Artist Caroline Williams talks about her collaborative technological political piece ‘Now Is The Time To Say Nothing’ showing at the Battersea Arts Centre
Within the UK, we often find we learn and hear about international conflicts via the news, online and print media. The role of technology playing a crucial role in us all finding out what’s happening, yet simultaneously creating a barrier between us and those directly impacted by said conflicts. Drawing on the use of technology to report on such issues, Artist Caroline Williams talks about her show ‘Now is the Time to Say Nothing’, co-created with Syrian Filmmaker Reem Karssli and currently playing at the Battersea Arts Centre.
Hi Caroline! Your show Now Is Time to Say Nothing will show from early October at the Battersea Arts Centre. How are you feeling ahead of the run?
We are feeling excited to get the work seen by people in London. BAC is a special venue to me, as it’s where I trained as a young director, so it’s lovely to have the show come home to here.
The show is “an interactive sound and video installation exploring the role of screens in observing global conflicts”. What inspired you to explore this particular topic?
That there was a huge humanitarian crises happening and people were dying. And that it was easy to feel powerless in the face of all this news. The Arab Spring began with so much hope and so it was heartbreaking to watch from afar as that hope became more and more under threat.
Technology is integral to the show, utilising both sound and video installation. Why did you both feel it was important to present the show via these outlets?
Technology is the main entrance point for the UK public to conflicts happening abroad. We were interested in using this media and seeing if we could find a different way in to tell a more personal and intimate story. Could we use these tools which often disconnect us to the humans behind the news and actually use them to connect.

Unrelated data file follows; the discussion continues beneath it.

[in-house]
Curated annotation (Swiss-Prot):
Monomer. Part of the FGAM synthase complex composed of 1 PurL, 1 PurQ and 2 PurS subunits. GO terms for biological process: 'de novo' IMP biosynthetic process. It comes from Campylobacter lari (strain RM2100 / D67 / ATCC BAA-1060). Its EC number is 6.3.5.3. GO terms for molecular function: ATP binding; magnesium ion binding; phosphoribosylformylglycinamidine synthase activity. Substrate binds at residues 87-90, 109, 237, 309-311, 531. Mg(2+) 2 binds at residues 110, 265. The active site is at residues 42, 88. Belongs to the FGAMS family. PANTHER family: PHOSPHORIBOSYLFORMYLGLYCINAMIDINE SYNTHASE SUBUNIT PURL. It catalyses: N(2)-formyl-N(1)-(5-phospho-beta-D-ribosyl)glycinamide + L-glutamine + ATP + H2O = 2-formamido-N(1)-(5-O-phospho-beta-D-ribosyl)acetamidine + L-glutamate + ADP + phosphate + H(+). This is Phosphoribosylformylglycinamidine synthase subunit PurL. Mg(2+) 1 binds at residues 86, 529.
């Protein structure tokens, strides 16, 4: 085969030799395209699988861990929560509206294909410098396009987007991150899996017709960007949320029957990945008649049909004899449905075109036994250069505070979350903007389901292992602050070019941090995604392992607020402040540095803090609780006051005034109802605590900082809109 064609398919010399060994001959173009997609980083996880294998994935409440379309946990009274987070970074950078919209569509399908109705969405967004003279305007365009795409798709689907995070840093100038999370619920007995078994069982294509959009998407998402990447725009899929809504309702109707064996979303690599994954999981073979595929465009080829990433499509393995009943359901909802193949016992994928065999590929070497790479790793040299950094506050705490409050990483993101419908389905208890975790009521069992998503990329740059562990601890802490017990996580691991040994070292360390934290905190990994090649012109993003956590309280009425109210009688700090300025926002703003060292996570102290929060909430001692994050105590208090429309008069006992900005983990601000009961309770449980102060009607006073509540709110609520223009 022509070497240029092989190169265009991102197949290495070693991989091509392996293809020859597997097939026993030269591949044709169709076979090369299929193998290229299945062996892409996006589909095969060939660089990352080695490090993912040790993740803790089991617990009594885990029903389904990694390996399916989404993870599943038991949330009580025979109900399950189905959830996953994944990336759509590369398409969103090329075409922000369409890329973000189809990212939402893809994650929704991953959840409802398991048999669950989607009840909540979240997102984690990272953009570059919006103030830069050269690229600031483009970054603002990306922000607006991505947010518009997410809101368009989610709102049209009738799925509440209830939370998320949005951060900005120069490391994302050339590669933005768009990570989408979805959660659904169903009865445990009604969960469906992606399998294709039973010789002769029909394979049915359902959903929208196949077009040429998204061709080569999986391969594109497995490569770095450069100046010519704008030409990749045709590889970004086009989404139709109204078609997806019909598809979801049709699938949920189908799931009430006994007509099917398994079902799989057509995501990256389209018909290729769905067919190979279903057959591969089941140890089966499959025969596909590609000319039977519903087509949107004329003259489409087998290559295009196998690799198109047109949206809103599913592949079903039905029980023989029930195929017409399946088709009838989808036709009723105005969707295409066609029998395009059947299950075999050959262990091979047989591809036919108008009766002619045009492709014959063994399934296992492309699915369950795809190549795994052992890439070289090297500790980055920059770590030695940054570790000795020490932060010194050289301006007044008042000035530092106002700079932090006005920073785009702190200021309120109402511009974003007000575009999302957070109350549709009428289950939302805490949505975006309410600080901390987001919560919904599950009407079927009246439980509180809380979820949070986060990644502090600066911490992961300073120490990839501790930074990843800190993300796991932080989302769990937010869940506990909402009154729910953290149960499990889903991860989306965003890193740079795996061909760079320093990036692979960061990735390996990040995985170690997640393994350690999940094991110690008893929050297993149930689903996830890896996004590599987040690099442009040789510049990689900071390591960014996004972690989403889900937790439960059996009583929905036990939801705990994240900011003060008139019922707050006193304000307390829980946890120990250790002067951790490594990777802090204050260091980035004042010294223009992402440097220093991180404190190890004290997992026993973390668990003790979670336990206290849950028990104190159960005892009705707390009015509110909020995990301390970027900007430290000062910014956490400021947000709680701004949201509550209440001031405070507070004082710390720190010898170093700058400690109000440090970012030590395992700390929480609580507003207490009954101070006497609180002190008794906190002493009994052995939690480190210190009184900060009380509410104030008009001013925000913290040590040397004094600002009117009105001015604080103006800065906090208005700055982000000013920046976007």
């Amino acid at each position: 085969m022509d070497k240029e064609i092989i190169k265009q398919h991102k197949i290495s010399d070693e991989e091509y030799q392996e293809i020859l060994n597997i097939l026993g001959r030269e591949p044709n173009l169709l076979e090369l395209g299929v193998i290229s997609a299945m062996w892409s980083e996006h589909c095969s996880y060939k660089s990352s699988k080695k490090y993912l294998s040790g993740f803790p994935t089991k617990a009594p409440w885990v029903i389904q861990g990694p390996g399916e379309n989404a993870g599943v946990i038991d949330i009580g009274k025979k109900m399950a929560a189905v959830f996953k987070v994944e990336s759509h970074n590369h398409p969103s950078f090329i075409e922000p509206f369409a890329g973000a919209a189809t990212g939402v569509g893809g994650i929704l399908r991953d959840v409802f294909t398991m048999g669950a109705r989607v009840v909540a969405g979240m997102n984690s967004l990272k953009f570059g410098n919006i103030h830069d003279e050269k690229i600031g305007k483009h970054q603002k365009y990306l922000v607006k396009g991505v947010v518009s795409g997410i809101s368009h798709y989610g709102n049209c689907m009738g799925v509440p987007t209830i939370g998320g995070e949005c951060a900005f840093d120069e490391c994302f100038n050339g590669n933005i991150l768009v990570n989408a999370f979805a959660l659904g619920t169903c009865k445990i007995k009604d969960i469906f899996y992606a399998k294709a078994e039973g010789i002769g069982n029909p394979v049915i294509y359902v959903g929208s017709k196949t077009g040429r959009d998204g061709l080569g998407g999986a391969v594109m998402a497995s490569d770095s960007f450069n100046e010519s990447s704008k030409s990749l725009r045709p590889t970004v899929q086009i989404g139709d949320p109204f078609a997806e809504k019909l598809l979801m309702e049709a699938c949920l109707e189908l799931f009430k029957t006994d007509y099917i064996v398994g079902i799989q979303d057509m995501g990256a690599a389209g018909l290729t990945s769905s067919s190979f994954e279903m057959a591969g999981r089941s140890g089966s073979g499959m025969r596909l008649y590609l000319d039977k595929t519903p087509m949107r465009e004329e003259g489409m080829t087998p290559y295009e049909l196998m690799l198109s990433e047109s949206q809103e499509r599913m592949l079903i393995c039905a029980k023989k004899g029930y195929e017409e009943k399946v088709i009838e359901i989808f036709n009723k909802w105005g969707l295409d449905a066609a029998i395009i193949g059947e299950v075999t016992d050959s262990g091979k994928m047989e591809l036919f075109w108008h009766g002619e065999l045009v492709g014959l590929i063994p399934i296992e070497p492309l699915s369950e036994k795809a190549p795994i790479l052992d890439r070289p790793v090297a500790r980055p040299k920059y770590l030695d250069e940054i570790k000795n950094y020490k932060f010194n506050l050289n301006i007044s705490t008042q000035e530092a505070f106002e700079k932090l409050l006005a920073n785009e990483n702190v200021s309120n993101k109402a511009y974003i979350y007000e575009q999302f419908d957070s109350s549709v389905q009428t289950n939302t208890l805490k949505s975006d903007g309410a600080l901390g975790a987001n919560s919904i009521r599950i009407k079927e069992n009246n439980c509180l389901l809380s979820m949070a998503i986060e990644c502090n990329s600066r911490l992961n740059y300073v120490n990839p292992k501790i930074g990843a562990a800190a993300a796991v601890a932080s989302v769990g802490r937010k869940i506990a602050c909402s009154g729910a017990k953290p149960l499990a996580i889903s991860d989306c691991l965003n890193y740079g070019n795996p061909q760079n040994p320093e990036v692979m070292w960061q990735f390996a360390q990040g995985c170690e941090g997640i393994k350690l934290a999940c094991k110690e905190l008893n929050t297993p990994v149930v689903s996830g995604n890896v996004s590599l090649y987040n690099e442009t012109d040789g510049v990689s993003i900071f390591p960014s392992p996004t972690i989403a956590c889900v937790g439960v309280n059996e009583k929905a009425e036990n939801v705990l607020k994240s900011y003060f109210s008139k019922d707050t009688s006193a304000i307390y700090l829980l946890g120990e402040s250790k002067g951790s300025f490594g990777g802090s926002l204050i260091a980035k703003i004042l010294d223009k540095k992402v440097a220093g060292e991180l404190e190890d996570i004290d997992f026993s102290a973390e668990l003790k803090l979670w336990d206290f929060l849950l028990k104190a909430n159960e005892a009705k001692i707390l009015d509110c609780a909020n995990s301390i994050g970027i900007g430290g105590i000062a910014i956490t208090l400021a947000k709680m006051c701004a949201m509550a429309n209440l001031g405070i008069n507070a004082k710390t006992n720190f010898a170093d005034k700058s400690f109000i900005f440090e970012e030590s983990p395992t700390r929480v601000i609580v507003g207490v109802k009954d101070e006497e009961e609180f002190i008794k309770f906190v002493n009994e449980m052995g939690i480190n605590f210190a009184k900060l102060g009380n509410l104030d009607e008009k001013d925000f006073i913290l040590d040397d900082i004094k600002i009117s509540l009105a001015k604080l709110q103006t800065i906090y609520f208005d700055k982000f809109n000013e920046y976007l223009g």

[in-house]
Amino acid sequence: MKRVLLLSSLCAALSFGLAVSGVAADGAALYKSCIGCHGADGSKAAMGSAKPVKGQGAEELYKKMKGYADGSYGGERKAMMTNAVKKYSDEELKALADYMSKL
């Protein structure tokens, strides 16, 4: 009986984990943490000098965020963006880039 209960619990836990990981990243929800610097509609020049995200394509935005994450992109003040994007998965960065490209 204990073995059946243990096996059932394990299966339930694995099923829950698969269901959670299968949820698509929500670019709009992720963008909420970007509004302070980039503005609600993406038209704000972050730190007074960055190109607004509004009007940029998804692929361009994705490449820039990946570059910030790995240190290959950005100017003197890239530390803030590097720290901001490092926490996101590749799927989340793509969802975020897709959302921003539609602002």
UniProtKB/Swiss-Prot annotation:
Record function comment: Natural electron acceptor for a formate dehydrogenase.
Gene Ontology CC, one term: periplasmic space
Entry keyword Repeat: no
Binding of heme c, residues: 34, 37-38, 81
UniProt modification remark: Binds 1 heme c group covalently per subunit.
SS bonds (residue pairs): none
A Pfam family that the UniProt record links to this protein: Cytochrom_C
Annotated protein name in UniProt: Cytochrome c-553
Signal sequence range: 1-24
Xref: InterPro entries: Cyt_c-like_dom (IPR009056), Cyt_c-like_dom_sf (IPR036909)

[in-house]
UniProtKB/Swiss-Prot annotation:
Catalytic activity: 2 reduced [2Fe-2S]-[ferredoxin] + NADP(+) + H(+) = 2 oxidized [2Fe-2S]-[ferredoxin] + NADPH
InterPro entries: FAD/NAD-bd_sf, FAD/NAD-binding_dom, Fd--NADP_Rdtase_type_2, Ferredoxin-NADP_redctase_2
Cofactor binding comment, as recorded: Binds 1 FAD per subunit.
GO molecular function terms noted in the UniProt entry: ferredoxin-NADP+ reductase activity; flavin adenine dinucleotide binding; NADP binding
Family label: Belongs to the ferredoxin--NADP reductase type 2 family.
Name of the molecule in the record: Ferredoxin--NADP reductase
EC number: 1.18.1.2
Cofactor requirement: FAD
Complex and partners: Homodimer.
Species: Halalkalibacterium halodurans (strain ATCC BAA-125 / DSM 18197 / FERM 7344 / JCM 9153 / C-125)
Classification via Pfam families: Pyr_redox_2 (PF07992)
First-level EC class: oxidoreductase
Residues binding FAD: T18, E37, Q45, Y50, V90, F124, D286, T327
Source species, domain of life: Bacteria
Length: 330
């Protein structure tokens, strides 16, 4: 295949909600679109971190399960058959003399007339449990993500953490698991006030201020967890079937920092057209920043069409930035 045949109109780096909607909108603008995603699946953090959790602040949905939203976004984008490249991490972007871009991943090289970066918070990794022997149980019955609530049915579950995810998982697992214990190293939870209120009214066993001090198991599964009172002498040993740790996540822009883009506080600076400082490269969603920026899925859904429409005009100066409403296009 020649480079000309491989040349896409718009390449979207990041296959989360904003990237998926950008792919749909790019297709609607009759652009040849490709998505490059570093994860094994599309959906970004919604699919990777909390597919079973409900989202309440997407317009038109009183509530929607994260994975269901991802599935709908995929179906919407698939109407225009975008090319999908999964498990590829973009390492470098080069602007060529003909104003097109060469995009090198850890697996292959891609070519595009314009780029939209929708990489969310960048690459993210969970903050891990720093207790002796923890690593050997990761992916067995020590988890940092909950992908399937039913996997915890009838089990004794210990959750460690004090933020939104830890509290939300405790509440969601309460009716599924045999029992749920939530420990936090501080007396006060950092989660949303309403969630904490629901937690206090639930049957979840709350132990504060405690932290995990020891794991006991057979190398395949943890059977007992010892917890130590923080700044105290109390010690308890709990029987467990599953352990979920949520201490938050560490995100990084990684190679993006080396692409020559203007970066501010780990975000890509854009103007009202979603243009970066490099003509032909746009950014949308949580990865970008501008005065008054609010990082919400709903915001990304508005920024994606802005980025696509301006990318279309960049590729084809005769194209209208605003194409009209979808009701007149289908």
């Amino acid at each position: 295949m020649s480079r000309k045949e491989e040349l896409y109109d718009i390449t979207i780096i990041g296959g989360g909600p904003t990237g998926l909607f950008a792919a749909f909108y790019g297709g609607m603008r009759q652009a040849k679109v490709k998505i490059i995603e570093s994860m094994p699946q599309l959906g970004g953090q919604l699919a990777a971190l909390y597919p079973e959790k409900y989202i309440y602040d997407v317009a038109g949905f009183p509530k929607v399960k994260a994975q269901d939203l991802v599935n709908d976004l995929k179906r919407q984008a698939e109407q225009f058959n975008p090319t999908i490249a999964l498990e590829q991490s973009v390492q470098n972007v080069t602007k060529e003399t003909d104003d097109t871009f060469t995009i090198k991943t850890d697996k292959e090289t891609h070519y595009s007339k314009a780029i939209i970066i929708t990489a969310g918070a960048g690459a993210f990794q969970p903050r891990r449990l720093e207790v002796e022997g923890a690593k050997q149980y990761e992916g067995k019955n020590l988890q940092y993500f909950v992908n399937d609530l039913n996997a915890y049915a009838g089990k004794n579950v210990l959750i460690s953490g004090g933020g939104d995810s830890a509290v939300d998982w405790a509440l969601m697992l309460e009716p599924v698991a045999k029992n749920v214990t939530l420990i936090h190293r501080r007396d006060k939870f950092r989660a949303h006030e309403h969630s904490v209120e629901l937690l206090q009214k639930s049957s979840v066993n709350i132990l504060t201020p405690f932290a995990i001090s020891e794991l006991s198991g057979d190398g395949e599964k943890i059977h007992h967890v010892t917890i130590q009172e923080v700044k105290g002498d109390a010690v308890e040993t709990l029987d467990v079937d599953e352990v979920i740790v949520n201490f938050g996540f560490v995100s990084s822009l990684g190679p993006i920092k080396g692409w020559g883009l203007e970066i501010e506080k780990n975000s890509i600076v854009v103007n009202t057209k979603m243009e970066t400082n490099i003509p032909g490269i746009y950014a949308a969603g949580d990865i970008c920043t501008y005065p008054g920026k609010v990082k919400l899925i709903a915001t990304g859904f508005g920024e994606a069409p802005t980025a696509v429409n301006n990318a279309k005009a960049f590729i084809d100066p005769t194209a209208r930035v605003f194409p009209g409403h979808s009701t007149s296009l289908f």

Caroline, have you learned anything new from the creative process and working with Reem?
I’ve learnt so much! I’ve made a new friend. I’ve collaborated over five years with an amazing artist who has taught me a huge amount about the importance of the every day. Reem has an amazing ability to find beauty in the small every day experiences of being alive. I have come close to learning what living though a war can do to people’s spirit and their sense of self. We’ve both been touched by audiences reactions and have learnt how warm and open so many people in the UK are and how much they want to help.
What can audiences expect from the show?
To get to know a Syrian artist who is incredibly brave and generous with her story. To be moved. To have a theatrical experience unlike what they’d expect from a theatre show.
What would you like for audiences to take away from the show?
That they are lucky enough to be alive.
What advice would you give to aspiring filmmakers, artists and theatre makers?
Don’t try to be like anyone else. Make work that you care about.
Questions by Lucy Basaba.
Now Is Time To Say Nothing is currently showing until Saturday 19th October 2019 at the Battersea Arts Centre. To find out more about the production, visit here…